Citizens protest against annexe building in Cubbon Park

On our graves!

Residents, Workers, Locals and Students from all over Bangalore get together to save Cubbon Park from the treachery of chainsaws and bulldozers for the construction of a concrete giant on the premesis of the park. (DH Photo: Sneha Sengupta)

More than 500 citizens gathered in Cubbon Park on Sunday to protest against the proposed seven-storey Karnataka High Court annexe building inside its confines.

The protest was organised by the Cubbon Park Walkers Association and citizen group ‘Heritage Beku’ that works to protect the city’s history and heritage.

Joggers and walkers gathered at the Jayachamarajendra Wadiyar (Maharaja) statue on Sunday and were joined by various citizen groups, residents welfare associations, cyclists, historians and schoolgoers.



“The officials themselves admit that the Cubbon Park was about 300 acres earlier, but it has now been reduced to 150 acres,” freedom fighter H S Doreswamy, among the prominent citizens to take part in the protest, said while addressing the gathering.

“This means, if we keep quiet, there won’t be a park here in some days. This is the classic case of the fence eating the crop. The city is already polluted and children are affected by the pollution. If this kind of development is allowed, the health emergency of Delhi will be upon us,” he added.



Stressing the need for a lung space like Cubbon Park, Doreswamy urged the citizens to stand strong against the government and let it understand that they will not be quiet over their decision to turn the park into a graveyard.

“Let’s go and stop the construction of all the buildings inside the park. If the government wants to build a structure here, then it’ll be on our graves,” he said.

Citizens were critical of the government’s approach that harms the environment and heritage of the city, besides also ignoring public sentiments.

“We can’t tolerate this anymore,” said Umesh S, president, Cubbon Park Walkers Association.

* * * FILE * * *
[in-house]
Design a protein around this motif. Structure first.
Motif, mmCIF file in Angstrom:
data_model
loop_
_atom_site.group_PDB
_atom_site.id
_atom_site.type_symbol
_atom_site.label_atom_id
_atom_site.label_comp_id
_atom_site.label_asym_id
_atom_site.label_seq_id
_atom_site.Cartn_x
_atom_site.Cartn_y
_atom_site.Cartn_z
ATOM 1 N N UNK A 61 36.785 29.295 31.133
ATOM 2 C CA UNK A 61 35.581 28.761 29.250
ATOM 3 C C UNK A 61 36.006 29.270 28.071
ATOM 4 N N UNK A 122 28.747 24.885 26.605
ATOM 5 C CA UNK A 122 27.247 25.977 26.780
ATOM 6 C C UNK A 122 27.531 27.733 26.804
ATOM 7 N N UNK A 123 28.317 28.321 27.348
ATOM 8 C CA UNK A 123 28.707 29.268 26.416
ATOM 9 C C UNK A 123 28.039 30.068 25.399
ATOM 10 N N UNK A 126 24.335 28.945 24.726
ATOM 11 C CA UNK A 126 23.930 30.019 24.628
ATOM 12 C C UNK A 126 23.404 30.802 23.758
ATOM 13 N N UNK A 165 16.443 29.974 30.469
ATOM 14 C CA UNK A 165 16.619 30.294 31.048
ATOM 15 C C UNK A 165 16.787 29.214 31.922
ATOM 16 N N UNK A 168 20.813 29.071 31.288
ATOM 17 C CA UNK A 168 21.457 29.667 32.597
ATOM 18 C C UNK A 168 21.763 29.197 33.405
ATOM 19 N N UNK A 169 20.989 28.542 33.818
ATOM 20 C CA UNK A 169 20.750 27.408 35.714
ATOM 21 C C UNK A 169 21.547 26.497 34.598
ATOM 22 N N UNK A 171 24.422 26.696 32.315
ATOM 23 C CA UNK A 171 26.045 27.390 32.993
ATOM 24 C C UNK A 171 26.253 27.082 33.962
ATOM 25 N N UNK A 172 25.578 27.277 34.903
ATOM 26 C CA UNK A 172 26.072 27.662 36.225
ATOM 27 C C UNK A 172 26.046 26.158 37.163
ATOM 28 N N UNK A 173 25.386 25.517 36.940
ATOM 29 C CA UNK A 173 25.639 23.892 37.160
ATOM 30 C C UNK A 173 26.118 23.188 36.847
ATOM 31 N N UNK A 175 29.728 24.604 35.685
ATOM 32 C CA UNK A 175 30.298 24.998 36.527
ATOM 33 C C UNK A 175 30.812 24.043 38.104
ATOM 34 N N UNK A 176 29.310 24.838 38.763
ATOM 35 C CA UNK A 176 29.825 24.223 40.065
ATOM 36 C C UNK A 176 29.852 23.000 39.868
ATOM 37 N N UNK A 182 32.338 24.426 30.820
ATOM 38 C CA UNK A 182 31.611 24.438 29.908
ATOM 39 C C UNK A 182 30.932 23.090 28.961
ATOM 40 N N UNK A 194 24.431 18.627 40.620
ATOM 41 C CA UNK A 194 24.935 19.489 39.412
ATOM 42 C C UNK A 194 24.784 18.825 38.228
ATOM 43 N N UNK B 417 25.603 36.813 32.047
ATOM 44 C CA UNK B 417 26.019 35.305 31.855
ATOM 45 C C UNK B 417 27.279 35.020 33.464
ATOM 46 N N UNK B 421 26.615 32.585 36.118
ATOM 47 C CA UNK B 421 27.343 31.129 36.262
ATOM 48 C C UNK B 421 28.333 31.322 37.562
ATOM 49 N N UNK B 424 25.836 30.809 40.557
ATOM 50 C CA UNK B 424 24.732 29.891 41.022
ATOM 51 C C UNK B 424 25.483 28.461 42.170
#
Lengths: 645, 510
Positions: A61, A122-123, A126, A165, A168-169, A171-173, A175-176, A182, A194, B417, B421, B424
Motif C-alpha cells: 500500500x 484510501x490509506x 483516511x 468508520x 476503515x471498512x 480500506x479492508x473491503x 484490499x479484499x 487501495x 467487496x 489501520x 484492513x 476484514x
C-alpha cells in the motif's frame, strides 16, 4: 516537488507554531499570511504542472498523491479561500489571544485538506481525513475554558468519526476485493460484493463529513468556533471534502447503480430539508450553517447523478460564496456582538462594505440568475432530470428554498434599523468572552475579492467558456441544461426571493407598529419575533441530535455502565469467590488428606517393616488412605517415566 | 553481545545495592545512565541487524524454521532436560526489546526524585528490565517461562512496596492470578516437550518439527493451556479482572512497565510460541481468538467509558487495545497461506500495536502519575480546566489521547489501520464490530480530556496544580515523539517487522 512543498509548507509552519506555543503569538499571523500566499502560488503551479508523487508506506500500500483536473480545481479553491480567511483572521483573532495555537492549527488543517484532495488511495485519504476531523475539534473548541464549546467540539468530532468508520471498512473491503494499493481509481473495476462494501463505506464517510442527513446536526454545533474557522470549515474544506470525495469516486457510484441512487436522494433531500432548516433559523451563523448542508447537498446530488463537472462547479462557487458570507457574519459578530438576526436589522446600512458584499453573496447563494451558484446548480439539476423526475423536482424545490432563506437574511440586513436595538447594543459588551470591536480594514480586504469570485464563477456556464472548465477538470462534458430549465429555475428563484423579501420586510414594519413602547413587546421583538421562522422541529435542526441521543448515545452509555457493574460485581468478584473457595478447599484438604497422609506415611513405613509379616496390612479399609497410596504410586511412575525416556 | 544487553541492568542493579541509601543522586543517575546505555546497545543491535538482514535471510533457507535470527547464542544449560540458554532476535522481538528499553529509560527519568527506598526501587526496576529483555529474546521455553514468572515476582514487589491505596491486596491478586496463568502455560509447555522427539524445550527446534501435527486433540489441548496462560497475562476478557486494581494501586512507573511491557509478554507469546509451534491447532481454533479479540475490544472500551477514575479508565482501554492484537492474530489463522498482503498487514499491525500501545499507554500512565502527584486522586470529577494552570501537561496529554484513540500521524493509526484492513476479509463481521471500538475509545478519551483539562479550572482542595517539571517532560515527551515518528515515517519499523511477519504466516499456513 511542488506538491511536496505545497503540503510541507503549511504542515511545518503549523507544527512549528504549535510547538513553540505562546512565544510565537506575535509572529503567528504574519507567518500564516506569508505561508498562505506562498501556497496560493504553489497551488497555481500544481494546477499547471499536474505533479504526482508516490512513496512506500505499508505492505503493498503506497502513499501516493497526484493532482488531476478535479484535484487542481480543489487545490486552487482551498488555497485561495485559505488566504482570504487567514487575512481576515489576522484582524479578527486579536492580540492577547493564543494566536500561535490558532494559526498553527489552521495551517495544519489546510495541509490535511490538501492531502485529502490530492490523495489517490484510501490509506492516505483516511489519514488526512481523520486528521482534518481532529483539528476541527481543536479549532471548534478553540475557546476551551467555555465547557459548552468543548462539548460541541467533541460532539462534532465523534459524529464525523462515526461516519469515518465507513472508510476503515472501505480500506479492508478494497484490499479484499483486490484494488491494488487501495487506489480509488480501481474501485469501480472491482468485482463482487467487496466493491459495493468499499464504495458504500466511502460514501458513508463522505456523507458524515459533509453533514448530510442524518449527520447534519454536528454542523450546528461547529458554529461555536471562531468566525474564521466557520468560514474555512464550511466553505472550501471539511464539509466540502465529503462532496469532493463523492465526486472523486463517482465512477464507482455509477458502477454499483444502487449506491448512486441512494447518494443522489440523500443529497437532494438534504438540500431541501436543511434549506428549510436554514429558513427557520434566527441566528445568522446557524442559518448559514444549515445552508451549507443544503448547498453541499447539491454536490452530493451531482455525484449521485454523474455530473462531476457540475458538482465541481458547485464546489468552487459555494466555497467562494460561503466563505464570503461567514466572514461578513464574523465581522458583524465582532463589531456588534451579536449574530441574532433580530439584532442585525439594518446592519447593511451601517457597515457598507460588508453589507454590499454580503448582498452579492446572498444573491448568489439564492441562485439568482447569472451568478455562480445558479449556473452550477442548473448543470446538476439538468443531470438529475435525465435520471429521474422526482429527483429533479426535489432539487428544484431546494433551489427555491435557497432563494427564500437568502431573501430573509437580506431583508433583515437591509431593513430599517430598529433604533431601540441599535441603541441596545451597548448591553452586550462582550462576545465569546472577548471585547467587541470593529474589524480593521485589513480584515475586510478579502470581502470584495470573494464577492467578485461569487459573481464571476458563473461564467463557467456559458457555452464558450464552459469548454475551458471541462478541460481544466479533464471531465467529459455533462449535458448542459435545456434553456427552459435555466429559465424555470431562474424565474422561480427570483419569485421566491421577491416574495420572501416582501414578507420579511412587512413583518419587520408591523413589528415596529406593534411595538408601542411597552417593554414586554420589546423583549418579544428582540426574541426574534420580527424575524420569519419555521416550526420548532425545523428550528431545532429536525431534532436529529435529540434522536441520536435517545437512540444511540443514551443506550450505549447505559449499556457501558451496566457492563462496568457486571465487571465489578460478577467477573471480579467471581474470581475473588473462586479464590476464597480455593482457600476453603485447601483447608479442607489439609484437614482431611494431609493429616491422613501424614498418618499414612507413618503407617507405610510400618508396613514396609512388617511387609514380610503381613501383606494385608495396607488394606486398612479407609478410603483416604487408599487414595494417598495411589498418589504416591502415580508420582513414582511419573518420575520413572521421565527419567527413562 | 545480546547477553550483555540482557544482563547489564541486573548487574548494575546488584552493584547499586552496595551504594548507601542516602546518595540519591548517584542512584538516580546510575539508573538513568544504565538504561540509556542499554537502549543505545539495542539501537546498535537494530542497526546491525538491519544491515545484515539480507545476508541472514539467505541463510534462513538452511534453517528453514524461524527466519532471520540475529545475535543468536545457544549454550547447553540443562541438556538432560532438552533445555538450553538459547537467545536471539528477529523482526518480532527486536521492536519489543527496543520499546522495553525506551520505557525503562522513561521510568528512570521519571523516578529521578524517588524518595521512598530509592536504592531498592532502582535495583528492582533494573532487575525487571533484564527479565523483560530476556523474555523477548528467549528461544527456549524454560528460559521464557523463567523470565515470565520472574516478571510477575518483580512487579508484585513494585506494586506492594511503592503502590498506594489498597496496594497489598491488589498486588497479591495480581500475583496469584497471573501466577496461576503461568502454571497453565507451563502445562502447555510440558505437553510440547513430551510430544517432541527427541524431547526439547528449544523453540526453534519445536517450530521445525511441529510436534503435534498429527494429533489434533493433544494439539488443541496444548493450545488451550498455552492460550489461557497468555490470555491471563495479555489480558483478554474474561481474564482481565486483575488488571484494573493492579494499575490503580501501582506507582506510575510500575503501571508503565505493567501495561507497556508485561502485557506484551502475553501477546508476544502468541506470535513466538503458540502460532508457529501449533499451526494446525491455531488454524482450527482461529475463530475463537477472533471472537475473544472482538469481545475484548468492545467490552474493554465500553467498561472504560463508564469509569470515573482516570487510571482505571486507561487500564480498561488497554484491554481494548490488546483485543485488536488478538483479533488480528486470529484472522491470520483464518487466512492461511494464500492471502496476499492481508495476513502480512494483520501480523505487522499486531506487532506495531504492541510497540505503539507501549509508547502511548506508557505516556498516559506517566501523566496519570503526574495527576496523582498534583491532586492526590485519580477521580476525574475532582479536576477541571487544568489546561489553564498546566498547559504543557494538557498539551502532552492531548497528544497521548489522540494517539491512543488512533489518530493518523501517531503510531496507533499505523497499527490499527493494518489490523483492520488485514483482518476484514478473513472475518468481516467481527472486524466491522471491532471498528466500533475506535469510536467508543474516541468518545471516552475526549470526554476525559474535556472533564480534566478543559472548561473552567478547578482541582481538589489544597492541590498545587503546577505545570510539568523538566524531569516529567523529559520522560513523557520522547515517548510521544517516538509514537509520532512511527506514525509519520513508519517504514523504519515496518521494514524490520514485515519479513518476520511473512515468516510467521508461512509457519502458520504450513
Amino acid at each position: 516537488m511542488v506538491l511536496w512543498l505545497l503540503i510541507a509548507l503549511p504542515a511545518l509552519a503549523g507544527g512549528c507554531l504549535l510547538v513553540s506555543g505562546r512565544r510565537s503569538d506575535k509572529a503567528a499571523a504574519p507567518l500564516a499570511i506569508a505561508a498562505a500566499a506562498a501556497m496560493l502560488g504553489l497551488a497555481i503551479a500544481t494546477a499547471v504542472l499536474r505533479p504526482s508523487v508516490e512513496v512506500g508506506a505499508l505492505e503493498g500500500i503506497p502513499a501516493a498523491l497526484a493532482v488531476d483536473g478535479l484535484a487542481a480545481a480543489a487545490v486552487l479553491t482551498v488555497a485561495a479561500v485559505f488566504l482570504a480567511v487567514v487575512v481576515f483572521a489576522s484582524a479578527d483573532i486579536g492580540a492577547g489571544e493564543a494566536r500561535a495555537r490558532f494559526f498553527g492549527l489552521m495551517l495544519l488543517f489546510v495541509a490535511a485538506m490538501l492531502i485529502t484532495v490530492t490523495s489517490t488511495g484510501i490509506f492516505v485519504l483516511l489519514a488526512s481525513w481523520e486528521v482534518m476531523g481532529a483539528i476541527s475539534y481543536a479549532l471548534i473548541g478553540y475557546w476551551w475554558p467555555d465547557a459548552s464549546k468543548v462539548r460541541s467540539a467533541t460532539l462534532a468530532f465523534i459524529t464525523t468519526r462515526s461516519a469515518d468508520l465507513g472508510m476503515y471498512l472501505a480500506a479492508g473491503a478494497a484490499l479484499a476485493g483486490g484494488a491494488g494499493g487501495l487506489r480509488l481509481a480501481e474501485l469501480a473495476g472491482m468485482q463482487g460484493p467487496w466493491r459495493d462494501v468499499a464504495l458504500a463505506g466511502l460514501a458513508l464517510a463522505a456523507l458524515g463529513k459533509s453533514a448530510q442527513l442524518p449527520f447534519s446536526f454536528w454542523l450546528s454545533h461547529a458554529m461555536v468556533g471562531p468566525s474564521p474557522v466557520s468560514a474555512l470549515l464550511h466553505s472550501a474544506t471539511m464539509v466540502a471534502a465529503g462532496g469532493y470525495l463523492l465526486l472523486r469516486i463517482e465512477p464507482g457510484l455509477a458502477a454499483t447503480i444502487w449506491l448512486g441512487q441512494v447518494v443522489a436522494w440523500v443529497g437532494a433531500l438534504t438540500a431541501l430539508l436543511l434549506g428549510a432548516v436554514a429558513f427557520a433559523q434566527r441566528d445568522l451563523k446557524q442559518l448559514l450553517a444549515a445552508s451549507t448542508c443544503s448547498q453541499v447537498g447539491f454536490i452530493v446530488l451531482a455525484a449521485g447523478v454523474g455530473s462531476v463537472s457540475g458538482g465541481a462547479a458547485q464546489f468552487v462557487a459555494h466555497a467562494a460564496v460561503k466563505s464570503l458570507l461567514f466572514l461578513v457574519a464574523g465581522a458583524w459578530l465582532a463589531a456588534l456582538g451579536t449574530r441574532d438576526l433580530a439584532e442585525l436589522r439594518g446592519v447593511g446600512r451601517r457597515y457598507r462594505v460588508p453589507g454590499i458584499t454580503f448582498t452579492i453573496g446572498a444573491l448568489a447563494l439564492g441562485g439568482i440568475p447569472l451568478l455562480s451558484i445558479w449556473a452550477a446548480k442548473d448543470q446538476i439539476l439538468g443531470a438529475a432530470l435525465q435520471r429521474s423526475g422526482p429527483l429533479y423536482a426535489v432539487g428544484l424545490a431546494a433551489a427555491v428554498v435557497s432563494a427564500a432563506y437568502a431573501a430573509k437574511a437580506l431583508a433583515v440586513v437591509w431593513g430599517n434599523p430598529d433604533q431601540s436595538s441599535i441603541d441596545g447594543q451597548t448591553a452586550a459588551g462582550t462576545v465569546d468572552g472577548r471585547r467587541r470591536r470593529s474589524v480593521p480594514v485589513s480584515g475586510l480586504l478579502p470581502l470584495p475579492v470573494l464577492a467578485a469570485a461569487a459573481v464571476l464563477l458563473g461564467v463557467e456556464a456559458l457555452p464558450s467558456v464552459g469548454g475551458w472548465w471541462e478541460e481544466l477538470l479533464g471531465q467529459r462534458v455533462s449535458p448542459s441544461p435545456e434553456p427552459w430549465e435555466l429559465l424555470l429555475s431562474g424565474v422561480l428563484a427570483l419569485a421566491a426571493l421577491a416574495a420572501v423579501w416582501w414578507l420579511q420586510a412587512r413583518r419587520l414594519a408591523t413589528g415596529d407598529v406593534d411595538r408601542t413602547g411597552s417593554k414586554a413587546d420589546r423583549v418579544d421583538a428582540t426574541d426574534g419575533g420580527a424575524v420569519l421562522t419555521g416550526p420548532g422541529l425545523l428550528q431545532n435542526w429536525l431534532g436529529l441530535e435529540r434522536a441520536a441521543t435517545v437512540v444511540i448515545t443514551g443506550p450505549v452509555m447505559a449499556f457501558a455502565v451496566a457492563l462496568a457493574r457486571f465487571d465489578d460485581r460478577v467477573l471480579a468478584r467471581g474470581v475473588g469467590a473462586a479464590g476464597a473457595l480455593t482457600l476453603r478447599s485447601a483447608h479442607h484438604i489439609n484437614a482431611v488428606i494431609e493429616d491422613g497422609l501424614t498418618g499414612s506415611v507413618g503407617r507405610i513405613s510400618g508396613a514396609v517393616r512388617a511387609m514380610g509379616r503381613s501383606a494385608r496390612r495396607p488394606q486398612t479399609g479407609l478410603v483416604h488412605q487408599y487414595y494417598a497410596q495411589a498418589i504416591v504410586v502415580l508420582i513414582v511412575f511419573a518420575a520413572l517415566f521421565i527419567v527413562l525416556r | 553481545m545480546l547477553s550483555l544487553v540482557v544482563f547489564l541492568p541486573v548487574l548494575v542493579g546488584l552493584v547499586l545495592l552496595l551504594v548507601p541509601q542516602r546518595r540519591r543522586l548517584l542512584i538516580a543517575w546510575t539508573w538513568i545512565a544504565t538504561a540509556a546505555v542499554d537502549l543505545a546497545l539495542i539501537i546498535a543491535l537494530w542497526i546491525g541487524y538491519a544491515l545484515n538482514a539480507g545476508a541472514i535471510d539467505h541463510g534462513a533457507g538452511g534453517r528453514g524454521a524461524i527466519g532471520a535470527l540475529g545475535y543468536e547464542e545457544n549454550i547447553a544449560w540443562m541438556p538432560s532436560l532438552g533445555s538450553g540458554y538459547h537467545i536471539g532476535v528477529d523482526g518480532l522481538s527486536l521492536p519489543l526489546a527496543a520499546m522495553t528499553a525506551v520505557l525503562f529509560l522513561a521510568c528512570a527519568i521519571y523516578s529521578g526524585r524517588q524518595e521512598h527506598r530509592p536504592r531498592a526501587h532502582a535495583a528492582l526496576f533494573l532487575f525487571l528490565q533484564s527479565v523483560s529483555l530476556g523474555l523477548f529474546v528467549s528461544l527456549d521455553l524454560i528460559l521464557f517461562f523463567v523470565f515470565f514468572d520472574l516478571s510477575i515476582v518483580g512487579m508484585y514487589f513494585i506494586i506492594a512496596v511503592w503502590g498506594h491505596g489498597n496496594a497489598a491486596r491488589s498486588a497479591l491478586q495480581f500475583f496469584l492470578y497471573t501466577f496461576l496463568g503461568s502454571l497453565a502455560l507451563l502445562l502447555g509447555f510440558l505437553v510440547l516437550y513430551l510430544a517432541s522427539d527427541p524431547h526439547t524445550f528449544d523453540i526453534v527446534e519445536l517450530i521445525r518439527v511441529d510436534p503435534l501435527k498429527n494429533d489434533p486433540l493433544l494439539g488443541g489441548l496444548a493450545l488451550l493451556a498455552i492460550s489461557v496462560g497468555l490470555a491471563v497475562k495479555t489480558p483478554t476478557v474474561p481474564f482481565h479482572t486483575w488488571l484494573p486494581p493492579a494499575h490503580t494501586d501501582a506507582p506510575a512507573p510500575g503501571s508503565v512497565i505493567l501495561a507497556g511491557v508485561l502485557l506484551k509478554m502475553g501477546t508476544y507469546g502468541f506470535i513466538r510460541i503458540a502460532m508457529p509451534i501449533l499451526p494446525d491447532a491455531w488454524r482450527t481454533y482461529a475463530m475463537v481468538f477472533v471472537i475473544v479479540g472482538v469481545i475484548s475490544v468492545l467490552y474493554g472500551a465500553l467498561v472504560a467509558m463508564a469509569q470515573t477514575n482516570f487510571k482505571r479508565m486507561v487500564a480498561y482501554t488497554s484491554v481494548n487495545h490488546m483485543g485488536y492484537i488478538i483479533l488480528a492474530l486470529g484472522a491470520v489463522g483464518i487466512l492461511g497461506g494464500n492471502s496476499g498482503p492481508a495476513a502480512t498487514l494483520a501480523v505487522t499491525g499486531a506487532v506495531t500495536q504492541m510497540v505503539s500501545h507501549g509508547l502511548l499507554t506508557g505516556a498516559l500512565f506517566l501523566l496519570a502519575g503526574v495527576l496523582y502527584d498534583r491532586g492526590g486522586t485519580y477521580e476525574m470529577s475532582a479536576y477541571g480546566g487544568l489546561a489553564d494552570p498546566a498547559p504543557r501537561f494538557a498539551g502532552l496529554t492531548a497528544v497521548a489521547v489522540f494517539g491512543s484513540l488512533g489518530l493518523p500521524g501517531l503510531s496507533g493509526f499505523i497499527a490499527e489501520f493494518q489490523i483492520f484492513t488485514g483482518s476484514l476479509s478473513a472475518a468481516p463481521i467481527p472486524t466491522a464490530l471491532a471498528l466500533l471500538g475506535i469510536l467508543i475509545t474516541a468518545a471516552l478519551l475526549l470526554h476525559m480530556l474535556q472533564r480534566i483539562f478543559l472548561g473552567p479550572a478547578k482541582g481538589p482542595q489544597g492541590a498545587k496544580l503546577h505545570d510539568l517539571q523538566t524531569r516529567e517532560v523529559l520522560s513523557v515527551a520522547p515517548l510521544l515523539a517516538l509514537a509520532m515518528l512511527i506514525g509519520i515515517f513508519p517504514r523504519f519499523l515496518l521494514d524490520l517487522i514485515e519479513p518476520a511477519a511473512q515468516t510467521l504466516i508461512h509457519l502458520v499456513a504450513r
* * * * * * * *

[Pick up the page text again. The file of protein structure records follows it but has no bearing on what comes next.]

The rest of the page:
“The park’s boundary has already been reduced by the authorities to make way for office spaces and recreational facilities. Several buildings have been built inside the park by paying just a few rupees as lease every year.”

Such constructions, Umesh feared, would totally destroy the green space for the future generation and run contrary to the vision of the city’s erstwhile planners and leaders. “If we don’t save the park now, our future generation will hold us accountable,” he said.  

‘A part of us’

Rajkumar Dugar, convener of NGO Citizens for Citizens, said the park has its own story to tell. Right from the time it began life as Mead Park, it has metamorphed into Cubbon Park and is known as Jayachamarajendra Park in more recent times.

“How can it tell its story when its character is facing all kinds of assaults?” Dugar asked. “The skyline or tree line of Cubbon Park shouldn’t be altered, but a seven-storey building will do that. It’ll set a wrong precedent.” 

Priya Chetty-Rajgopal, founder, Heritage Beku said the protest is a message to the government on what the public wants in the space that belongs to all. “We must protect our heritage so that the future generation can represent our (actual) social culture,” Priya said.

Volunteers vowed to intensify the protest if the government razes the existing heritage building.

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